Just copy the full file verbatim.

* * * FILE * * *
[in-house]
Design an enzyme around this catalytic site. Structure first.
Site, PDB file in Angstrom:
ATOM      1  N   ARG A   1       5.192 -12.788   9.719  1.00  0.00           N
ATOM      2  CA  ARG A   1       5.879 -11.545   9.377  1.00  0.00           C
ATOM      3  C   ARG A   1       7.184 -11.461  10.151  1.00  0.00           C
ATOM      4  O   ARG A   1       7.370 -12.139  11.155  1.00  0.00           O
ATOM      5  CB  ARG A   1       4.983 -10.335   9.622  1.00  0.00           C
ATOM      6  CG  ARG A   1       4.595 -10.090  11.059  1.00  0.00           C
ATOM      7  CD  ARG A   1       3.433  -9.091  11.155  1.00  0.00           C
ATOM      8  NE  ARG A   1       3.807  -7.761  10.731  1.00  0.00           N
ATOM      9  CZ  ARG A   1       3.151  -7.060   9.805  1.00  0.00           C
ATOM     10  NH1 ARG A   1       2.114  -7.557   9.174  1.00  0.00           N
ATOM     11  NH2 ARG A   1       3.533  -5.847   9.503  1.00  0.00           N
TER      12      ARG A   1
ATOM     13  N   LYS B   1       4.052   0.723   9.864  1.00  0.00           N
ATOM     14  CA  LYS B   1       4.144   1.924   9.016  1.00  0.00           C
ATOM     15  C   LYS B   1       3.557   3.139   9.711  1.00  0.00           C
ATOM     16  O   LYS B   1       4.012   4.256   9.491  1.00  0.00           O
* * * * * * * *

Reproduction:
[in-house]
Design an enzyme around this catalytic site. Structure first.
Site, PDB file in Angstrom:
ATOM      1  N   ARG A   1       5.192 -12.788   9.719  1.00  0.00           N
ATOM      2  CA  ARG A   1       5.879 -11.545   9.377  1.00  0.00           C
ATOM      3  C   ARG A   1       7.184 -11.461  10.151  1.00  0.00           C
ATOM      4  O   ARG A   1       7.370 -12.139  11.155  1.00  0.00           O
ATOM      5  CB  ARG A   1       4.983 -10.335   9.622  1.00  0.00           C
ATOM      6  CG  ARG A   1       4.595 -10.090  11.059  1.00  0.00           C
ATOM      7  CD  ARG A   1       3.433  -9.091  11.155  1.00  0.00           C
ATOM      8  NE  ARG A   1       3.807  -7.761  10.731  1.00  0.00           N
ATOM      9  CZ  ARG A   1       3.151  -7.060   9.805  1.00  0.00           C
ATOM     10  NH1 ARG A   1       2.114  -7.557   9.174  1.00  0.00           N
ATOM     11  NH2 ARG A   1       3.533  -5.847   9.503  1.00  0.00           N
TER      12      ARG A   1
ATOM     13  N   LYS B   1       4.052   0.723   9.864  1.00  0.00           N
ATOM     14  CA  LYS B   1       4.144   1.924   9.016  1.00  0.00           C
ATOM     15  C   LYS B   1       3.557   3.139   9.711  1.00  0.00           C
ATOM     16  O   LYS B   1       4.012   4.256   9.491  1.00  0.00           O